Too often I see designers discounting the importance of this, leading to explanations that are hard to follow, long-winded, or incorporating too much design-speak. If you think you have a brilliant idea but other people just don’t seem to get it, you have two options. You can either chalk it up to the environment — it’s not design-friendly, your colleagues aren’t thinking as big or as creatively, they’re not giving you the time of day, etc — or you can look inward. If you still think your idea is brilliant, then maybe you aren’t effectively conveying what’s in your head to others. What problem does your idea solve? Why is that an important problem to solve? Why is your idea the best way to solve that problem?
We don’t blame the user when they don’t end up taking to the product we’ve designed. So why should it be any different when it comes to getting our teammates excited about our designs?
7. Everyone feels like an imposter sometimes.
If you feel like an imposter, you are not alone. I guarantee this. In fact, I am certain that everyone who works in a creative profession — no matter how outwardly successful they appear to be — feels this way.
How do I know this? Well for one thing, there probably didn’t exist a week when I didn’t feel like an imposter in the first four to five years of my career. It was the dark shroud through which I saw everything. A criticism of my work was painful little jab at my capabilities. A misinterpretation of an e-mail I wrote would wound me for days. I constantly questioned whether I fit in, whether I’d be happier or better set up for success elsewhere. Even when I started this blog, I wondered if I knew enough to write anything worthwhile.
But it turns out that it isn’t just me. Everyone I’ve spoken to has felt this way, including industry titans, world-famous luminaries, and people who you’d think are ridiculous to feel this way because they have proven themselves time and time again. Everyone wonders if they can actually succeed, especially when they were just starting out. Everyone struggles. They don’t always admit it publicly, but in confidence, I’ve found myself floored by confessions from people I have long admired. This, in turn, makes it easier for me to accept my own self-doubts.
To question oneself is part of the human condition. And yet, we’ve managed to hide this fact behind curated posts and photos, behind reassuring smiles and articles purporting success. Ours is a culture that values effortless perfection. In fact, we even unconsciously prefer people who seem innately talented over those who work hard.
In design especially, it is hard to separate what people say about your work with what they think of you as a designer. Over the years I’ve found it helps to talk about and acknowledge this. The revelation itself helps to cast off the burden of the pretense. The second thing that helps is recognizing that every designer is different, and that the only competition worth engaging in between yourself of yore and yourself today. We should be inspired by and learn from those whose skills are stronger than ours in a particular dimension, but this isn’t a rat race (see #3 above). If I am better today than I was last week at X, even if I’m not as good as Y at X, then that is progress, and that is worth celebrating.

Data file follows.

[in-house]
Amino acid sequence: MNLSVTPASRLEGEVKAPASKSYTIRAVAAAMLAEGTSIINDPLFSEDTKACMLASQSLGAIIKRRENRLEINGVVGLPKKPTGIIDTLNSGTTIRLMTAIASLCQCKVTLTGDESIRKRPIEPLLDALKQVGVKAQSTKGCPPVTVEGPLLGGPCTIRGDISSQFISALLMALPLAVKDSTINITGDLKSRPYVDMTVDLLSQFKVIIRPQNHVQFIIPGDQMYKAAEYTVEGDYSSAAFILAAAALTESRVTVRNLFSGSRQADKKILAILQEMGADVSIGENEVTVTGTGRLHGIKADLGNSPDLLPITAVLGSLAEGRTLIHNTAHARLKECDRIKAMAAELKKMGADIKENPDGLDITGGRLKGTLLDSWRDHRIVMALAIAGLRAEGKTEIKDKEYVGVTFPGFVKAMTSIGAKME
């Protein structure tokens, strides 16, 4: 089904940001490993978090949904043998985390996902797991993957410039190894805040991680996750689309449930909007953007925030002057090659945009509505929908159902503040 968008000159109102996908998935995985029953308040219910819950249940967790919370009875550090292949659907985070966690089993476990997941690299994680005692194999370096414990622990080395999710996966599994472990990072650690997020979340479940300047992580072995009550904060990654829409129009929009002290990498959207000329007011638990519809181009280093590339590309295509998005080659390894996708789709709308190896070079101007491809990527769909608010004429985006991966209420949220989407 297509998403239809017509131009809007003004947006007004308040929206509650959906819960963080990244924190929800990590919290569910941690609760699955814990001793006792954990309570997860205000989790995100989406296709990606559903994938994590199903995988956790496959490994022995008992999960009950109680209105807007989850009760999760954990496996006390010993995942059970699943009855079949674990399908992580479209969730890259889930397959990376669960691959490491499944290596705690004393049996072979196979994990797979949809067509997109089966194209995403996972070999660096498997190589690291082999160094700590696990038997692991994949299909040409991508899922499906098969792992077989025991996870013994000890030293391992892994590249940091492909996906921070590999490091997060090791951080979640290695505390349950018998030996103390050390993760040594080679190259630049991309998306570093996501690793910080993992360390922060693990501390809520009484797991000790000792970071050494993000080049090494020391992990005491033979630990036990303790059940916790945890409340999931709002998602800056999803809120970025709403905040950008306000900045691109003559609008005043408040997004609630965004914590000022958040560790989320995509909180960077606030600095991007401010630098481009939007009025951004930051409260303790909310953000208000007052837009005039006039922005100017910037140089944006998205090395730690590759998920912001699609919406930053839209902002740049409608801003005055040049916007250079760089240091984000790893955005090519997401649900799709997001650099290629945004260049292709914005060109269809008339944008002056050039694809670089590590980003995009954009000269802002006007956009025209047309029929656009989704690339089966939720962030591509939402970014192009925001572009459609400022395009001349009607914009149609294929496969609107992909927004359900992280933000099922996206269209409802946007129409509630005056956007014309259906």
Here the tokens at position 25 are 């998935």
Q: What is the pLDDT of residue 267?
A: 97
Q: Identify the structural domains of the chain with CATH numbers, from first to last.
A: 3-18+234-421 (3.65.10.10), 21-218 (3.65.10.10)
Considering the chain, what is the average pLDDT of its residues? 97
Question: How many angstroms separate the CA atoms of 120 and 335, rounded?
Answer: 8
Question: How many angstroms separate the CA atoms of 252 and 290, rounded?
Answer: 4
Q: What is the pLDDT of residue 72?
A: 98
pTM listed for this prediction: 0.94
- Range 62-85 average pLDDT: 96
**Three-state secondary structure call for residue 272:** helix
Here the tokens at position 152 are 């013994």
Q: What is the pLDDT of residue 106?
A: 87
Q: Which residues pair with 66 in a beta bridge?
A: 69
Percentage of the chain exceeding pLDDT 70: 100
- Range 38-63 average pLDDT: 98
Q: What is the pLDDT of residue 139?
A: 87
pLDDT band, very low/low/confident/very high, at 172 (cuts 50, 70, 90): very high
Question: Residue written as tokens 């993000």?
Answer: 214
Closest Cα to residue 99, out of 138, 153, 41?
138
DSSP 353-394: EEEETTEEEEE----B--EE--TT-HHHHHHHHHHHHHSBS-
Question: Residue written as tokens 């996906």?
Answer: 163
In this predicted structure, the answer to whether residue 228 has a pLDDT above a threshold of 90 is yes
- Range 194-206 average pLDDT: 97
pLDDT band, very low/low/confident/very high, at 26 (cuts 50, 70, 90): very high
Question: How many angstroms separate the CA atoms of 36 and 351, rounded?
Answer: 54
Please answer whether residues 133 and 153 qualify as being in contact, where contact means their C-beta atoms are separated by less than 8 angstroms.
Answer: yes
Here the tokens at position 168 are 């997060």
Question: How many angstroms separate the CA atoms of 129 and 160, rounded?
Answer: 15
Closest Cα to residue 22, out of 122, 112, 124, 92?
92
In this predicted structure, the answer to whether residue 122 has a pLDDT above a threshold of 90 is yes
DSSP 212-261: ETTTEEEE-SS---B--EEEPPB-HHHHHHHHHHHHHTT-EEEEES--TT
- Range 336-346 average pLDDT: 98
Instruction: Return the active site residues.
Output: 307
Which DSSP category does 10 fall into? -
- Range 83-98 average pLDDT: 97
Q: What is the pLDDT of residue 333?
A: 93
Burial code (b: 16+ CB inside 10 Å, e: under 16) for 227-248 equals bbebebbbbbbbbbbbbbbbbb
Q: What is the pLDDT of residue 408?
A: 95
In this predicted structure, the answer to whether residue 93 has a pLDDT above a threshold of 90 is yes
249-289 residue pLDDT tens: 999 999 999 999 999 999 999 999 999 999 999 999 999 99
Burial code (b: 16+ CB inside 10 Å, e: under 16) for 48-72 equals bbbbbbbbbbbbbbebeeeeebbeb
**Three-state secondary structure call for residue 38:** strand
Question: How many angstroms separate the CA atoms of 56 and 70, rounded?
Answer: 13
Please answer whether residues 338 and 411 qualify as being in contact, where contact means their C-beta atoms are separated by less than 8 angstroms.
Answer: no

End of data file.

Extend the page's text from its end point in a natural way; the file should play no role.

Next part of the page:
8. Good design is obvious.
A good design should be obviously good to the people it is intended for. I’ve already written about this one at length here, so I’ll keep this brief.
I used to think that evaluating design work should be left to designers. After all, we are the experts, and so when non-designers would interject with their opinion, I’d listen half-heartedly. They don’t have all the context, I’d think. They don’t know the history of this discussion.
Unfortunately, what I failed to take into account was that the people whose evaluation matters the most are the people you are designing for.
And those folks are likely not designers. They’re probably not even all technically-savvy.
Certainly, context and history help make for more productive product discussions. But at the end of the day, evaluating the success of a design isn’t complicated. If you could wave a magic wand and make the perfect solution in your head a reality, I’d bet that there would be very little discussion needed. We’d read the user’s mind, of course! We’d show them the exact results that they’re looking for!
We, the makers, are the ones who complicate the discussion because the constraints we face prevent us from getting to perfect. There is no mind-reading API currently available, alas. So in light of these realities, we are often in the weeds discussing and debating the tradeoffs and which path is the most good/least bad.
Picking the best path is the messy part. But it is quite straightforward to pass judgement on whether a particular path feels objectively good or bad.
At the end of the day, the people whom we are designing for don’t have any of that context, history, or understanding of the constraints we face. And yet, they will still pass judgement.
The only thing that matters is whether your design works for them in solving the problem you intended to solve.
It is really quite simple.